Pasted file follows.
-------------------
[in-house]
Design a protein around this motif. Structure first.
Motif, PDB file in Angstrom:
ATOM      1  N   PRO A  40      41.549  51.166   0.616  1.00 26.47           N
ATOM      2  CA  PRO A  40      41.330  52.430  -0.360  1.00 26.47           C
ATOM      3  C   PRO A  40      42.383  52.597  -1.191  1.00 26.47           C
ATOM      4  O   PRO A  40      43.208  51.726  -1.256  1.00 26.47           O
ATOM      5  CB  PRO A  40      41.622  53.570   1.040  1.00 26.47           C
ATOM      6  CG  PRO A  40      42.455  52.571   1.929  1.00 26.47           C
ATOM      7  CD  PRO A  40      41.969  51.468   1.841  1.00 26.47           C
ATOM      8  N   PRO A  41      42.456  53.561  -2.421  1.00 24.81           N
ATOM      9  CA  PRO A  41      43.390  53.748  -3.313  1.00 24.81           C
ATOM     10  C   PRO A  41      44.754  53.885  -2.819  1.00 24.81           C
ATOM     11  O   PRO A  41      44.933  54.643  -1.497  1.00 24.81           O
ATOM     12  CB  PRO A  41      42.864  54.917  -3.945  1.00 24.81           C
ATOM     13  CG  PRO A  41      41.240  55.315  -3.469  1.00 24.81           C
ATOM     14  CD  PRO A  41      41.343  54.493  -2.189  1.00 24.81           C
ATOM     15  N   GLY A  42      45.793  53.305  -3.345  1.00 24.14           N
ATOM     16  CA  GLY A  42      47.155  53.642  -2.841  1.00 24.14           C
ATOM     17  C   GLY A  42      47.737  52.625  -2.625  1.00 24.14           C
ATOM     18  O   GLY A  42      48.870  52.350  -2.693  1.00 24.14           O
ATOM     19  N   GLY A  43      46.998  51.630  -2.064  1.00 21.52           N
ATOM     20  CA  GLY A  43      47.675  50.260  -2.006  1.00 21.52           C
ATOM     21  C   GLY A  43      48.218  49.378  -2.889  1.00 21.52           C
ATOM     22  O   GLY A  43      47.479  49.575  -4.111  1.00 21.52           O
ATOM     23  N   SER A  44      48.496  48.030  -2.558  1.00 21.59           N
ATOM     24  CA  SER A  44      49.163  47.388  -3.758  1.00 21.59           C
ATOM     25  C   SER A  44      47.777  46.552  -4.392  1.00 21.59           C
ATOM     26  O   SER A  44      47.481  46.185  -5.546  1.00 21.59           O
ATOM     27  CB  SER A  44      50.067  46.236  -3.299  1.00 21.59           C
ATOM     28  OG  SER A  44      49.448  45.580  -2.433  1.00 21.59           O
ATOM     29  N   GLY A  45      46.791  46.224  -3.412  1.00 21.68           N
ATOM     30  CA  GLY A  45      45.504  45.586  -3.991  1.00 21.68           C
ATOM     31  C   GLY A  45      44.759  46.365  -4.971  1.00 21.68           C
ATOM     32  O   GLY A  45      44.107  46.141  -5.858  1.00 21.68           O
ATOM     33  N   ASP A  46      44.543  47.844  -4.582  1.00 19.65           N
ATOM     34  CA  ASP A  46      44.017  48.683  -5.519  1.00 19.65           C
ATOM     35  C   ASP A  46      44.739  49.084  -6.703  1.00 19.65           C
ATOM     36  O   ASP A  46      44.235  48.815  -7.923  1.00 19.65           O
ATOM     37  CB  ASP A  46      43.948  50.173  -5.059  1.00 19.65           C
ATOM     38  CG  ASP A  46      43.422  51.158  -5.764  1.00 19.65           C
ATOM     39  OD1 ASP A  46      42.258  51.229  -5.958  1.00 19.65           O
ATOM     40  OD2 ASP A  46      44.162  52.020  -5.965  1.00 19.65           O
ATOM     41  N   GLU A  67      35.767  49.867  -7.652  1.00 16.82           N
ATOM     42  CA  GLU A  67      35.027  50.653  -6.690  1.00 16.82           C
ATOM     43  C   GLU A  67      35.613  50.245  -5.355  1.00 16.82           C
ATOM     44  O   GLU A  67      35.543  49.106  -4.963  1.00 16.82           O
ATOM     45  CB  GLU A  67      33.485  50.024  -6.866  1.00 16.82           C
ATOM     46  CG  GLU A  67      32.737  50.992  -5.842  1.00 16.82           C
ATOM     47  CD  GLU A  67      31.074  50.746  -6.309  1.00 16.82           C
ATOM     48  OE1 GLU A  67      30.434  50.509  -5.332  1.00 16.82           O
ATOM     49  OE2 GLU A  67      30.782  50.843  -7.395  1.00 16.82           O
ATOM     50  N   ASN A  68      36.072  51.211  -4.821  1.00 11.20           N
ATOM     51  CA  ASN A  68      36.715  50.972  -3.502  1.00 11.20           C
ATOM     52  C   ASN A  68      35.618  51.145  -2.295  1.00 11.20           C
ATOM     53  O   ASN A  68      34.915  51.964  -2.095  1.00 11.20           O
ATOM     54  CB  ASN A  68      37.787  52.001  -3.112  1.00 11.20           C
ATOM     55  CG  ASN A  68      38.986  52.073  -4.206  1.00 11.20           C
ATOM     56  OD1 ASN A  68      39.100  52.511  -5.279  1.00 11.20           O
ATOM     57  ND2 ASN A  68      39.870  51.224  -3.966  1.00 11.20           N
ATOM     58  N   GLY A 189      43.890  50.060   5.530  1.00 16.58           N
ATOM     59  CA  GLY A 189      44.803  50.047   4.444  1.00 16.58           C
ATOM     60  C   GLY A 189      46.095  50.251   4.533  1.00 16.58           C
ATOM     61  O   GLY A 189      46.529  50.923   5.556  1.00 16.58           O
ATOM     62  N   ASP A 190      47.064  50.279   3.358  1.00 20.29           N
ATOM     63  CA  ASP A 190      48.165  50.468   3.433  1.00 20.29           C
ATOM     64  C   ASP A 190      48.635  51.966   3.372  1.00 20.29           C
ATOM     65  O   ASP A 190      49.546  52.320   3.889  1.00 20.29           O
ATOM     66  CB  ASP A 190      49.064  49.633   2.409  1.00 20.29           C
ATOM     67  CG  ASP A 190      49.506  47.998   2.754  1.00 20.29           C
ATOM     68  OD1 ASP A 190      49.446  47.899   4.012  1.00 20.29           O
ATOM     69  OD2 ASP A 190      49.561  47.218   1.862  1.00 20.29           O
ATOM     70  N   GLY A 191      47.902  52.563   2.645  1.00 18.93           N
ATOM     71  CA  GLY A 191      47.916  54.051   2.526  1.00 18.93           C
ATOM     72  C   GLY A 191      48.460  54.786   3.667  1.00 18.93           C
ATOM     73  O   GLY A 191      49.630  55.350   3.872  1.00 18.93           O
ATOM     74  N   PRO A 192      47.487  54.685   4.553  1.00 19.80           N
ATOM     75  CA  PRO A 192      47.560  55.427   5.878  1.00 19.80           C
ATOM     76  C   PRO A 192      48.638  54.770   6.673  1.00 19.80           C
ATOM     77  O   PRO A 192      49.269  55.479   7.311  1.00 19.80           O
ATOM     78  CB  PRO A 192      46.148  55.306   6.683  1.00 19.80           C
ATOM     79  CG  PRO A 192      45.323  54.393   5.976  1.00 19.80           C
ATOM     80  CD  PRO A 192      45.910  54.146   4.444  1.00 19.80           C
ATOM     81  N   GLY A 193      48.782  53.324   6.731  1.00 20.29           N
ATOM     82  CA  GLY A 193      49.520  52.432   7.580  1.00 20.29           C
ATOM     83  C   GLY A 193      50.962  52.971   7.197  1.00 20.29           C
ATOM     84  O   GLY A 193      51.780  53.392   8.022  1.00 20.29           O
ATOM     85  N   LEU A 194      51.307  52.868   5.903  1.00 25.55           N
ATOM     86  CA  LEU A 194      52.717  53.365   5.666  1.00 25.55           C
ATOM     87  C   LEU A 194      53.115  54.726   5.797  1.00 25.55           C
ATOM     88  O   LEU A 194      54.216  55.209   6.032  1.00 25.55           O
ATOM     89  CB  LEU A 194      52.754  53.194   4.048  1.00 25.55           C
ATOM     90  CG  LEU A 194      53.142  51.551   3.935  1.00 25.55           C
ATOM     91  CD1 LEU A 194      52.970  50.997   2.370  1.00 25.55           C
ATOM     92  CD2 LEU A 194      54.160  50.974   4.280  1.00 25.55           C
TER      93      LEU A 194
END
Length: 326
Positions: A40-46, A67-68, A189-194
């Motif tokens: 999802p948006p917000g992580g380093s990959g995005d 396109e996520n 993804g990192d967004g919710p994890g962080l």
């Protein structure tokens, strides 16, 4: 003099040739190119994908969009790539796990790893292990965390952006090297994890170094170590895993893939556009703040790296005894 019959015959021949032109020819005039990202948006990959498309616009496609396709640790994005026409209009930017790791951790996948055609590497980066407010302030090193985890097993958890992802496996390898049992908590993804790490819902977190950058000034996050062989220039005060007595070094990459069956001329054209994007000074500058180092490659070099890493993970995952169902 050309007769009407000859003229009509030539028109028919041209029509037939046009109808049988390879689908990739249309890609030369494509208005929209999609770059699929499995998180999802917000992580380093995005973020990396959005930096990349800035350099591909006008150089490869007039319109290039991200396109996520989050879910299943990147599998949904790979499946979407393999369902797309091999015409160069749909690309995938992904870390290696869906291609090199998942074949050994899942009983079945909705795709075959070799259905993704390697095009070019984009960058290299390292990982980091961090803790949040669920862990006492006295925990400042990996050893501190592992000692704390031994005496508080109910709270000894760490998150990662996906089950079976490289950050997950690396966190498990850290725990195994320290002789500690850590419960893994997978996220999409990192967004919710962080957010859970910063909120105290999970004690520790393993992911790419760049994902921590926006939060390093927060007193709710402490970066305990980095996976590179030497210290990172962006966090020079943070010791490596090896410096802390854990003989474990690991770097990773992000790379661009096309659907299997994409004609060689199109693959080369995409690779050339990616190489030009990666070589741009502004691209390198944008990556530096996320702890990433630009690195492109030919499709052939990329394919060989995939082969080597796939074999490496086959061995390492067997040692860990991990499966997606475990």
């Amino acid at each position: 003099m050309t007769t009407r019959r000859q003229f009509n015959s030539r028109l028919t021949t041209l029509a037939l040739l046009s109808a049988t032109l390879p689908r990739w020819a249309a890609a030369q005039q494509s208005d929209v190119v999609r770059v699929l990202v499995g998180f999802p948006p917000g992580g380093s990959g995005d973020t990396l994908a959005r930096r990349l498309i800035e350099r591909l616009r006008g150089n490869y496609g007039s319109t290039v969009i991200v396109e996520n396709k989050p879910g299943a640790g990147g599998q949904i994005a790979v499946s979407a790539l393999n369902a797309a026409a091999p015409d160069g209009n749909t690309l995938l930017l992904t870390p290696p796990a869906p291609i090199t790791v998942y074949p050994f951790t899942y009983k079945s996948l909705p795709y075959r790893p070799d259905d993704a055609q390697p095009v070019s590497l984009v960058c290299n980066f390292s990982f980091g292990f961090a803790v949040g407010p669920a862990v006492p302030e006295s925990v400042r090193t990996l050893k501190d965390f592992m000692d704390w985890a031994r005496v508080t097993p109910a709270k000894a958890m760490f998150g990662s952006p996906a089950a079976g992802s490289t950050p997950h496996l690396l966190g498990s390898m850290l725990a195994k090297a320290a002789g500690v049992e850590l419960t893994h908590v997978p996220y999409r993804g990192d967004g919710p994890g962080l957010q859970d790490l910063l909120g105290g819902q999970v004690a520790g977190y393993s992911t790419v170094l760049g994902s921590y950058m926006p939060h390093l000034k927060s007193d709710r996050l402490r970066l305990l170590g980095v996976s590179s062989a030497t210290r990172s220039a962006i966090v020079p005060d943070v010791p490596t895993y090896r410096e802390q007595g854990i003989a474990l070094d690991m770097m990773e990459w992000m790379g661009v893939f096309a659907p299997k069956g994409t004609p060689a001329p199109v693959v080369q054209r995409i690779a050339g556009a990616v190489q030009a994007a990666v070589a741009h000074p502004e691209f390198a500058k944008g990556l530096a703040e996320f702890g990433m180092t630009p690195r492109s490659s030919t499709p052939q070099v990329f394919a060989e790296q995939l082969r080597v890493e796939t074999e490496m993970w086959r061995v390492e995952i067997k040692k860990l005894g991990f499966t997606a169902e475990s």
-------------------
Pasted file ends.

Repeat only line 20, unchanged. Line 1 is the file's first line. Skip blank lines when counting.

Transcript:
ATOM     17  C   GLY A  42      47.737  52.625  -2.625  1.00 24.14           C